directed by Lisa Krueger
When Committed begins, Jo, the main character played by Heather Graham with dreadlocks, is in an institution. In methodical narrative, she spills out her reasons for being there: flaky husband takes off to "find himself" out west somewhere, leaving Jo a note and a bouquet of daisies as a thank you for the three years they spent together.
Gee. Nice Guy. Happens every day. We won't dwell on it. (Though, subliminally I have to comment that this is pretty much what my ex-husband did, giving me a not-so-unique sense of pity for Jo. Empathy, maybe. Just so you know where I'm coming from, y'know.)
Anyway, after receiving a postcard from the illustrious husband-gone-missing, she decides in a moment that sitting around accepting the loss of her husband just isn't quite her style. She takes her vows seriously. So she tosses his picture on a map and heads to Texas to find him.
Find him she does. She tries to give him his space, but needless to say, some obstacles are tossed in along the way. Shake, stir and pour into the mold of a wacky comedy, and there you have Committed.
Though this may not be one of the most enjoyable movies I've ever seen (nor is it one of my favorites even in the screwball comedy genre, for that matter), I wasn't calling for a refund of my money either. Here's why:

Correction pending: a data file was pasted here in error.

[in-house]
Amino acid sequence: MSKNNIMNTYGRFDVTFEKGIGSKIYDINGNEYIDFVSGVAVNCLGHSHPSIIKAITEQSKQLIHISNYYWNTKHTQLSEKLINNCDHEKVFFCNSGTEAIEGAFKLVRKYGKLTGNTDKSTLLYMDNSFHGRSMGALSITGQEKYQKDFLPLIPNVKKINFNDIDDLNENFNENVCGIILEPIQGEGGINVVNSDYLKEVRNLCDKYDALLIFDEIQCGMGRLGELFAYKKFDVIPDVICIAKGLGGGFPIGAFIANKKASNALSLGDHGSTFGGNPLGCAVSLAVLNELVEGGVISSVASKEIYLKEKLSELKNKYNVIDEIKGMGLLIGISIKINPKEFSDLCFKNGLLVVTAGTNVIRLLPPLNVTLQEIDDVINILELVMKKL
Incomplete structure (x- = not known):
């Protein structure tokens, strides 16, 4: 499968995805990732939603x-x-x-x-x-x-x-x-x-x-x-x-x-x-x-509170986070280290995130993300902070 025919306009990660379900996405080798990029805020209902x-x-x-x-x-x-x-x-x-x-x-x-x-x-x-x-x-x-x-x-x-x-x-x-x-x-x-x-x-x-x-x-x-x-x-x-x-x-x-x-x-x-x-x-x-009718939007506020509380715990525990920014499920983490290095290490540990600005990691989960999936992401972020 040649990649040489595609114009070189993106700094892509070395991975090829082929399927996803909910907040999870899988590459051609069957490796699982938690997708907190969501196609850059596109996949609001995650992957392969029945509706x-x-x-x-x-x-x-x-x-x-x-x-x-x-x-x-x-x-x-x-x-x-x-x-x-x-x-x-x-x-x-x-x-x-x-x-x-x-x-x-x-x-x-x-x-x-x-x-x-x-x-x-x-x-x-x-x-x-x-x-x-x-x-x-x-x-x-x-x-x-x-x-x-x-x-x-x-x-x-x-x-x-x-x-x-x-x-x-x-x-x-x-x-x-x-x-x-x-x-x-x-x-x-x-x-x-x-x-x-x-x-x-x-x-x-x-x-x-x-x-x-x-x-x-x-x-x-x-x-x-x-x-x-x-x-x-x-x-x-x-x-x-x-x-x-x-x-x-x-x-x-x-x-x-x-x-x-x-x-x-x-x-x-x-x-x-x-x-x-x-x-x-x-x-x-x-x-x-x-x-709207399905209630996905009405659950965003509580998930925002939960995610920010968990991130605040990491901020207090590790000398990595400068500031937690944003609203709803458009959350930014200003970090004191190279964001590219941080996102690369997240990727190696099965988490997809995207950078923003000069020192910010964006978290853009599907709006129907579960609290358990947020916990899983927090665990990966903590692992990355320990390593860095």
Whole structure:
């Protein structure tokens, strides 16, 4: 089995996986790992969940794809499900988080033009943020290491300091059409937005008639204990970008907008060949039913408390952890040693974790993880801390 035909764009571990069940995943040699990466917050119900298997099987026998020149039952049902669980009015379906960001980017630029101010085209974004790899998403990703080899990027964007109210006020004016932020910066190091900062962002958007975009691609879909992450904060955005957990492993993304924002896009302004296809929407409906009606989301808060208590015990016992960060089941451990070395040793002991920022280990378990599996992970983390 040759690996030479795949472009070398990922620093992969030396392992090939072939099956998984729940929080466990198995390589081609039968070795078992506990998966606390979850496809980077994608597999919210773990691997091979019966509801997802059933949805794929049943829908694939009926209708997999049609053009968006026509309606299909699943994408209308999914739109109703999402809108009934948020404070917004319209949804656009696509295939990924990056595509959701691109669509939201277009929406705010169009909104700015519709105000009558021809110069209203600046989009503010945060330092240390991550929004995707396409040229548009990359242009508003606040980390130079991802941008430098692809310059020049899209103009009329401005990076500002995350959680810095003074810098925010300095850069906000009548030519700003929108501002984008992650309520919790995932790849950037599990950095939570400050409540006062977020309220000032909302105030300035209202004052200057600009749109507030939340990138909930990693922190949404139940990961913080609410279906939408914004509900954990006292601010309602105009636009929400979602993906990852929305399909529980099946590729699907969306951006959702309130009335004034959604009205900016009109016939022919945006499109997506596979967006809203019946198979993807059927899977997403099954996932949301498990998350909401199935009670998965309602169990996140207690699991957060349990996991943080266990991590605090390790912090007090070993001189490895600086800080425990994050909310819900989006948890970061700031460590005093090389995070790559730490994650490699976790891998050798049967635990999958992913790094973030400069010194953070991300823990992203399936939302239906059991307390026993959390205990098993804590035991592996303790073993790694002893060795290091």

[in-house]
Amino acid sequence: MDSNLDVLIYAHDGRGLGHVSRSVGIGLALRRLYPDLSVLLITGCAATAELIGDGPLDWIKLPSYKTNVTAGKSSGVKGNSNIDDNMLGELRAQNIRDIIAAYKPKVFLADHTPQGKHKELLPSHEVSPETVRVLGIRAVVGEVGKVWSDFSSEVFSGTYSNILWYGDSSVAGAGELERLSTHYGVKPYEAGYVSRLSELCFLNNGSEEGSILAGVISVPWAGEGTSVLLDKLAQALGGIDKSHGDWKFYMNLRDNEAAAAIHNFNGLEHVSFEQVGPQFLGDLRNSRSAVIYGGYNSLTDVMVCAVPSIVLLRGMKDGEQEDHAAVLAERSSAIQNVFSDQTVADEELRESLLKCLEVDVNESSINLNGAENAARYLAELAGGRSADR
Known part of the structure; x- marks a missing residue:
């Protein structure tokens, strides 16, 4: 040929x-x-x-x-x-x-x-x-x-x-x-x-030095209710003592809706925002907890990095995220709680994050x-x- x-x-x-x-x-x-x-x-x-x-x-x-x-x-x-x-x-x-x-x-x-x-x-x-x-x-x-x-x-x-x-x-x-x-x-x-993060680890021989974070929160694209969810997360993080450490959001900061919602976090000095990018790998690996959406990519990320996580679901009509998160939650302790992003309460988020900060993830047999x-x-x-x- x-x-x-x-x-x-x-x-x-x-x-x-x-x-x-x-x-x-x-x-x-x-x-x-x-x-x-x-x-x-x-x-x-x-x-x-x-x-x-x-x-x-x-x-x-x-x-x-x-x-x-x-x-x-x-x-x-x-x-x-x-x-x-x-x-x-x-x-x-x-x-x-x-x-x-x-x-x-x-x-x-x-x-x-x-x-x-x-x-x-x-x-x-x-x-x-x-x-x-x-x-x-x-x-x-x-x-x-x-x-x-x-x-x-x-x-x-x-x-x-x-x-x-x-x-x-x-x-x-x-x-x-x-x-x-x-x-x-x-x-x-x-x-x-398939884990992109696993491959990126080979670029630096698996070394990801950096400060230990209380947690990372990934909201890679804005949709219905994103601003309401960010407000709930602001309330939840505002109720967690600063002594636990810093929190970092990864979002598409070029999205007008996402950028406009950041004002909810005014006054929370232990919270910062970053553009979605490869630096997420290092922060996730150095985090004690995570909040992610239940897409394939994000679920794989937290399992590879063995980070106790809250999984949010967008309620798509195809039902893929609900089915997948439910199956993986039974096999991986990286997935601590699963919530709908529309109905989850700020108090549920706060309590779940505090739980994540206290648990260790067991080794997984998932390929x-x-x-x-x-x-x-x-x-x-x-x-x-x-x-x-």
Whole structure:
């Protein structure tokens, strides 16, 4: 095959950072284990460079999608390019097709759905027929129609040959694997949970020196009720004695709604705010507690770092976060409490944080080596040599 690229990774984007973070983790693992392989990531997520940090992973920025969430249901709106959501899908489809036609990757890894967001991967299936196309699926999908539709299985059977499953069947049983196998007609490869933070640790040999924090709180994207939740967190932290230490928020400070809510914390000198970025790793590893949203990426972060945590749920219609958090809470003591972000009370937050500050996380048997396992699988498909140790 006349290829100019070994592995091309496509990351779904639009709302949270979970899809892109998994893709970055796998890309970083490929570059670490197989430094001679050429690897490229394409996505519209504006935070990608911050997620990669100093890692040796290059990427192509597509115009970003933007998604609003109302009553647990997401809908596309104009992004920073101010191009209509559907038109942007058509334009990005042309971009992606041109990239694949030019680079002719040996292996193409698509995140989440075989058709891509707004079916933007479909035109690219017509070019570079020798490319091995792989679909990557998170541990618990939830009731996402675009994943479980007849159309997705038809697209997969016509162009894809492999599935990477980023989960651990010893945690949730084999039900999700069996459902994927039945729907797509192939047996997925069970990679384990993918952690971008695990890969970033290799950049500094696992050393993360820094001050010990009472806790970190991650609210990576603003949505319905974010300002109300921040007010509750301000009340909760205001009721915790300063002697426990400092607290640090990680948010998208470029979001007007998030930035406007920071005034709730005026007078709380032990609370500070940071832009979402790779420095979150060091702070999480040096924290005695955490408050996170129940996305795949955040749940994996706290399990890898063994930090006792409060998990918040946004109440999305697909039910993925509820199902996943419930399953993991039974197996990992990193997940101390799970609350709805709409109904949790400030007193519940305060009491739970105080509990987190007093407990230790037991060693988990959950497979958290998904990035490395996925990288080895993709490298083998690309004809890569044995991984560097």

The characters, though taken to an extreme, are pretty likable. Even the bad guy -- Jo's husband -- who is like a giant parody of every sensitive new-age let's-communicate type man you've ever known. It's not as believable as, say, the ponytail man in High Fidelity, but it's enough to make me point at the screen and say to myself, Oh, man ... that's him. That's the idiot....
The plotline is slow enough to explore said characters, but fast enough that you don't start picking your cuticles with a bowie knife for entertainment.
The humor isn't British sit-com highbrow, but it doesn't fall into the trap of being Dumb and Dumber butt humor, either.
They didn't go for the obvious ending, though there was a taste of it. Be warned.
Committed works. It's funny in places, kind of scary in others. (Scary because I saw just a wee bit of myself in her, and I was glad at the time of my own "incident" that I didn't have access to a rental car.) Heather Graham isn't what I'd consider a deep-and-serious actor (Emma Thompson has nothing to fear any time soon, for example), but she does all right in this role.
But most of all, I liked that the movie showed that there were two sides to being committed, and when it comes down to it, those two definitions aren't so very far apart.